Family Law Amendment Bill 2023
On 30 January 2023 the Australian Government released the exposure draft of the Family Law Amendment Bill 2023 and community submissions ended on 27 February 2023 during the consultation process. These changes will impact children and on their parents when making decisions after separation.
The exposure draft followed a number of the previous 60 recommendations made in the 2019 Australian Law Reform Commission (ALRC) report on the inquiry into the family law system. In particular, the Family Law Amendment Bill 2023 places primary focus on the best interests and safety of children in simplifying the parenting framework set out in Part VII of the Family Law Act 1975 Cth (the Act) currently.
This Bill also priorities family violence and the recognition of Aboriginal and Torres Strait Islander cultures. The Government is still working through the reminder of the ALRC recommendations including the property framework. Below are some significant proposed changes in summary:
- Parenting framework - to specifically recognise the Convention on the Rights of the Child and simplification of the child's “best interests” considerations under section 60CC. There is a proposal to remove the presumption of equal shared parental responsibility to avoid ongoing family violence and wider public misinterpretation in terms of equal time arrangements.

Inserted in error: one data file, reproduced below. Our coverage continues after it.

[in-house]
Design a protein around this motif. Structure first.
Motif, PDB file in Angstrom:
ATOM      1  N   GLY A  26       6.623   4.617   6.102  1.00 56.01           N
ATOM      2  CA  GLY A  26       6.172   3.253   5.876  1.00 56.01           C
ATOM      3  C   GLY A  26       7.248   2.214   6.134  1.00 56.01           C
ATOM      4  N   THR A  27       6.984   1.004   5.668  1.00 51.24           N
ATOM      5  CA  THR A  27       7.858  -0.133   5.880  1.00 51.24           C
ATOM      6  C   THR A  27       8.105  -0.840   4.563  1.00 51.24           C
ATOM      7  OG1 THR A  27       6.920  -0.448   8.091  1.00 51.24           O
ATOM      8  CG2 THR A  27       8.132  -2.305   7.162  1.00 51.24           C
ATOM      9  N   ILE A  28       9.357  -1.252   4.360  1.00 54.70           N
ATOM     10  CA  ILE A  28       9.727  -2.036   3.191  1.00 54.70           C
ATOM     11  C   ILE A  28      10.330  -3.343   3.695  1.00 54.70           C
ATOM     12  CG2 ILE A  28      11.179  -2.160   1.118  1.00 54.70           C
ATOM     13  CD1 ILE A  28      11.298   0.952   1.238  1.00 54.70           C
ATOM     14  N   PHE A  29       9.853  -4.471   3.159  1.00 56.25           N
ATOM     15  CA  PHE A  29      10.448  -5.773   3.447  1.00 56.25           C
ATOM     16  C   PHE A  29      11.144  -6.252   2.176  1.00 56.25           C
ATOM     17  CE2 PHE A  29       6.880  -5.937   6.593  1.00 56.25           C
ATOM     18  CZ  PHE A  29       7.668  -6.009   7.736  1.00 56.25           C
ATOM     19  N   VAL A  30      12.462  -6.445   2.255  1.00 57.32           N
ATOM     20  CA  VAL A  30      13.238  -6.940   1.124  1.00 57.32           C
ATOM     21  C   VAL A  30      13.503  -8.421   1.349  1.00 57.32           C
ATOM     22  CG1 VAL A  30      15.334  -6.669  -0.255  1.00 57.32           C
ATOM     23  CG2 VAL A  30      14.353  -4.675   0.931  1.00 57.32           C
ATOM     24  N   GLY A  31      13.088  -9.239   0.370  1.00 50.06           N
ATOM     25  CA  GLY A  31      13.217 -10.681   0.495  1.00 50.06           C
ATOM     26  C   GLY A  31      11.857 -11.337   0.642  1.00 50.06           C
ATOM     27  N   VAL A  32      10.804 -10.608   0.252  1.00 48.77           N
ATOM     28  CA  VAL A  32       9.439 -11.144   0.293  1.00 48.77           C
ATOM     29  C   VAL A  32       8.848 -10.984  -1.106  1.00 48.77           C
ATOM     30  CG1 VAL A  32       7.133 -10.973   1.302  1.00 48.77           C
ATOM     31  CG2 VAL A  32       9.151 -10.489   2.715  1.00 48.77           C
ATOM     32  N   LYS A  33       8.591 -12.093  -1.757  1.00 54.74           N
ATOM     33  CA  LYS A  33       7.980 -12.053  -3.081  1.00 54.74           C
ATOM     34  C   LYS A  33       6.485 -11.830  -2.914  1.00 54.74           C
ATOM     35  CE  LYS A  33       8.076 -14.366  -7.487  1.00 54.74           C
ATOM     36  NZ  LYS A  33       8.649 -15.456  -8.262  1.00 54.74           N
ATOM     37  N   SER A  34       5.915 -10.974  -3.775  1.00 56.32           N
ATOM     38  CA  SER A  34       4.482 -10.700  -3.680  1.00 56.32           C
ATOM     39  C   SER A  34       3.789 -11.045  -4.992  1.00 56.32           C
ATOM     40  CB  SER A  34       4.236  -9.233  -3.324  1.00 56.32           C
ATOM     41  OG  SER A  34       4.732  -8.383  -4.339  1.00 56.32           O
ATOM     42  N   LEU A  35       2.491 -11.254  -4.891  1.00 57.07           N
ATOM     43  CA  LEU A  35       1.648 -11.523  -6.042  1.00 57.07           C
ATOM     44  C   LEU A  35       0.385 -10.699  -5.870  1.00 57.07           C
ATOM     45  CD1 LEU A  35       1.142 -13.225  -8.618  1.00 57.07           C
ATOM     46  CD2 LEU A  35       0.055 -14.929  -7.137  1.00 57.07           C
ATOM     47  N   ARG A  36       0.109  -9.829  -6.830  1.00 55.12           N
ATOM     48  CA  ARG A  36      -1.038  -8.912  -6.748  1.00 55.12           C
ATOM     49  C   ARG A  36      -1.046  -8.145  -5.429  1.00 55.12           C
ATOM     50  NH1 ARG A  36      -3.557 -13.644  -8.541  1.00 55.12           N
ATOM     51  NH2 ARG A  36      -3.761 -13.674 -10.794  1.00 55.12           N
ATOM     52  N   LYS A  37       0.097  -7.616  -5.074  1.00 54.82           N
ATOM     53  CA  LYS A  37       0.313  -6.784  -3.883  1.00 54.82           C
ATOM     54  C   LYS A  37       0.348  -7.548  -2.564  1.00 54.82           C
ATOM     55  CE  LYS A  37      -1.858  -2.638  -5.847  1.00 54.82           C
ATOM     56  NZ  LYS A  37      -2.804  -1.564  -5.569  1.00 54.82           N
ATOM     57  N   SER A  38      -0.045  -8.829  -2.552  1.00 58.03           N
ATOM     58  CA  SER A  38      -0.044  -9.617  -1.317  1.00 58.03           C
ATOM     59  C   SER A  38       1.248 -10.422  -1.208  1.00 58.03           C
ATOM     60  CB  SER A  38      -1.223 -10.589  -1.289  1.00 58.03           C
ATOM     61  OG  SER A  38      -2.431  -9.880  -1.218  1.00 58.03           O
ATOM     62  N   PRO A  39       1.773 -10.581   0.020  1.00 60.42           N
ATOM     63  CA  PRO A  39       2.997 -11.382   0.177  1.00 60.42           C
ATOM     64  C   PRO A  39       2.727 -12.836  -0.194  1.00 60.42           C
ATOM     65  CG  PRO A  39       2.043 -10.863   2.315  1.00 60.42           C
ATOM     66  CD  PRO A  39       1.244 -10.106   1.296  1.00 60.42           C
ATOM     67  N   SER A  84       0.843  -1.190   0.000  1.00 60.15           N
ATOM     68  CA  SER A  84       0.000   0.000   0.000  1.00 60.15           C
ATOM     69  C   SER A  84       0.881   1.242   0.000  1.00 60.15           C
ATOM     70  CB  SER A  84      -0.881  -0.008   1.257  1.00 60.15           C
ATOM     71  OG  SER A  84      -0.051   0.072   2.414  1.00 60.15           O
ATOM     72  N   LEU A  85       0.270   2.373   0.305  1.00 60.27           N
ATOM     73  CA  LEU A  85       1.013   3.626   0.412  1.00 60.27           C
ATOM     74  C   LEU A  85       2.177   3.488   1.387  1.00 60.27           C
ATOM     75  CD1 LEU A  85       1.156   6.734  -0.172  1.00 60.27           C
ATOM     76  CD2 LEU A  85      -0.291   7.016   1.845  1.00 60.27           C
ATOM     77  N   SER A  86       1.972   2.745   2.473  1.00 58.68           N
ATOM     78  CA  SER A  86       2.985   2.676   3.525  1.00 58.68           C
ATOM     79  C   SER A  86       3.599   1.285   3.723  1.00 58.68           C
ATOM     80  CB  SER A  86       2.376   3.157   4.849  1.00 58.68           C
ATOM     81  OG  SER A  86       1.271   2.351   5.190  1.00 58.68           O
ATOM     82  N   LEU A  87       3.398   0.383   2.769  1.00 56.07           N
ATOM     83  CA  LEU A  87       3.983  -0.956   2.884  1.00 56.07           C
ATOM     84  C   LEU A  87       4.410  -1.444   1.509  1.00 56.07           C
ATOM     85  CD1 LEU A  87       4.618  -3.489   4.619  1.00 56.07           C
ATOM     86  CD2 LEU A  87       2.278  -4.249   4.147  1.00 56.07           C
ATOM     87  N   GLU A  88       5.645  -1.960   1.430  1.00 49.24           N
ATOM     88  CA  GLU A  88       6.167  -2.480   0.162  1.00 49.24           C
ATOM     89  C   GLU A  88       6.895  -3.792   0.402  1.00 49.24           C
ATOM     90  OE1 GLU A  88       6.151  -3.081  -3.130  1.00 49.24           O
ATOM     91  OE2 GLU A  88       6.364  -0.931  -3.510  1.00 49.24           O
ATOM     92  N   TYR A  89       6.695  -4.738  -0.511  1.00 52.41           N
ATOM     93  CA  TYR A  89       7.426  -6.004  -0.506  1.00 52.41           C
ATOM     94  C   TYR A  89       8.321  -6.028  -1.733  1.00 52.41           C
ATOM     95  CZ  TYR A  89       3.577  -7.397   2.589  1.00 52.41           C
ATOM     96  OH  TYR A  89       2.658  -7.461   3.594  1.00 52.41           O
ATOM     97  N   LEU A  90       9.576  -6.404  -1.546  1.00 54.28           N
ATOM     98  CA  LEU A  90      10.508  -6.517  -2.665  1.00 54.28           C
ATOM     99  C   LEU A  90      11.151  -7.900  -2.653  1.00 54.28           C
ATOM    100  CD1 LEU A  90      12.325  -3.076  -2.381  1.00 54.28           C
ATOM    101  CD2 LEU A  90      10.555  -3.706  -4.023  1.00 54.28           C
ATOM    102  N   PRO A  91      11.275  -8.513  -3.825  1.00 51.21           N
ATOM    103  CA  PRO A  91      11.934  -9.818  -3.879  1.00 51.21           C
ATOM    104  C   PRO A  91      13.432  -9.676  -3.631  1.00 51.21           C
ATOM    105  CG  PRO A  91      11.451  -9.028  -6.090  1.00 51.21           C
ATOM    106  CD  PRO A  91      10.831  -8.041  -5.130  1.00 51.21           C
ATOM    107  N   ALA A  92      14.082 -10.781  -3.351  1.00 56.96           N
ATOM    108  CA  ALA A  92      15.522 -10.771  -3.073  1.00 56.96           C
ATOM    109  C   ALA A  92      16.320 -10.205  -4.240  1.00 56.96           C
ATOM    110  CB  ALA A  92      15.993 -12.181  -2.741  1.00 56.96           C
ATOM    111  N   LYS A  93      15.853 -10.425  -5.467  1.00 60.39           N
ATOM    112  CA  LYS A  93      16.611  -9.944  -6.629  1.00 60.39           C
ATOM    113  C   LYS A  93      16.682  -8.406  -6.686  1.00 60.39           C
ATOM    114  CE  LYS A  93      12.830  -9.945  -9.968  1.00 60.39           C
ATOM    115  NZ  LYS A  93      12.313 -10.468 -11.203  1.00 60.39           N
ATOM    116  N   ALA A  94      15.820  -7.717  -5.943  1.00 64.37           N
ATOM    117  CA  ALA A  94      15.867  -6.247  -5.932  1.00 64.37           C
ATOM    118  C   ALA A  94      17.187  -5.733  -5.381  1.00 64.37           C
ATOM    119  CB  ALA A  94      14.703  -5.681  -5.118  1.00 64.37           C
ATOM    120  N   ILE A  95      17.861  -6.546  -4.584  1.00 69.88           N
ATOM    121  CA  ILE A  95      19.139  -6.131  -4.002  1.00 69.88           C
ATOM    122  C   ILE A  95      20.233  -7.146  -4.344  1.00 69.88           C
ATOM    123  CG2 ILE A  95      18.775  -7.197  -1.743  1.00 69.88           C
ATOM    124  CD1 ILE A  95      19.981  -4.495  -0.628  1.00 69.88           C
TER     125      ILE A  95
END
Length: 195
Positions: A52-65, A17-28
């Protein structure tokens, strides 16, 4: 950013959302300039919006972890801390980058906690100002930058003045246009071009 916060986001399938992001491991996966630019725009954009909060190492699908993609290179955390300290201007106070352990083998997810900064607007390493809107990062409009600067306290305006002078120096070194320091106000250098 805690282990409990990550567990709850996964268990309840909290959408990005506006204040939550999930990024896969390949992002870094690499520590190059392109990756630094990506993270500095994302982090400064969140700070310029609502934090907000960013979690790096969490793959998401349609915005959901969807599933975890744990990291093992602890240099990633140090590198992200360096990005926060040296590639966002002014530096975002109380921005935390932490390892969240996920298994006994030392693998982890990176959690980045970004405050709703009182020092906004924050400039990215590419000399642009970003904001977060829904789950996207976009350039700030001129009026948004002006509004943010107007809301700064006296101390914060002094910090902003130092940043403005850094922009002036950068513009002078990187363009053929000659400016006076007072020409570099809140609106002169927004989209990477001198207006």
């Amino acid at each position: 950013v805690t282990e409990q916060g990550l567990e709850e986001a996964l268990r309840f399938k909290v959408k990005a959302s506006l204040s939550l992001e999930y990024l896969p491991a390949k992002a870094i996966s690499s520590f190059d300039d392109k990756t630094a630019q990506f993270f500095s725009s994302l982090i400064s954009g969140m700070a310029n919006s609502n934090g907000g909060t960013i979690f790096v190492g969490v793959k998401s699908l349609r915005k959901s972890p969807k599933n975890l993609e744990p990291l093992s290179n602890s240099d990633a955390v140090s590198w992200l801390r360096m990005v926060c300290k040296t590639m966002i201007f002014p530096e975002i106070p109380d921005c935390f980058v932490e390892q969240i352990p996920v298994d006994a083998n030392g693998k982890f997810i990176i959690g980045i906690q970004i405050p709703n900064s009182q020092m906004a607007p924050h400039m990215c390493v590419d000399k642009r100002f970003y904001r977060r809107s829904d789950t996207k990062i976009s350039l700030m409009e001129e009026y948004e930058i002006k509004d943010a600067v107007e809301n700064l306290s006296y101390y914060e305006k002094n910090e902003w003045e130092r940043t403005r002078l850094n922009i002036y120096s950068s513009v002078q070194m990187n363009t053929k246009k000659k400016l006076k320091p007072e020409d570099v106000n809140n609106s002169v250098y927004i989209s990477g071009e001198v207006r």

- The established principles set out in the Full Court decision of Rice v Asplund (which require the Court to be satisfied as to significant changes in circumstances before considering whether to make new parenting orders) will be codified in the Act.
- Part VII Division 13A Enforcement provisions will be changed to simplify the enforcement framework and power given to the Courts to order time without any finding as to breach along with the power to make costs orders. Consideration is given to the First Nations’ definitions of the terms “kinship” and “family”.
- Independent childrens lawyer (ICL) would be required to meet with a child over 5 years of age and provide child with opportunity to express a view unless there are exceptional circumstances or practicability issues.
- Case management changes reinforce the overarching purpose of family law practice - which is to facilitate just resolution of disputes “quickly, inexpensively and as efficiently as possible in a manner that minimises harm to children and their families”. Costs consequences flow to individuals who breach the duty to conduct proceedings consistent with this overarching purpose.
- Avoid harmful proceedings by providing courts with power to restrain a party from making further applications without leave. Further amendment to provide power for the Courts to exclude evidence of “protected confidences” such as medical or counselling records with bests interests of child as paramount consideration.
For more information about the Bill, visit: https://consultations.ag.gov.au/families-and-marriage/family-law-amendment-bill/
If you have any questions about your separation, please reach out to our friendly team via this website and book in for your free 30min discovery call now.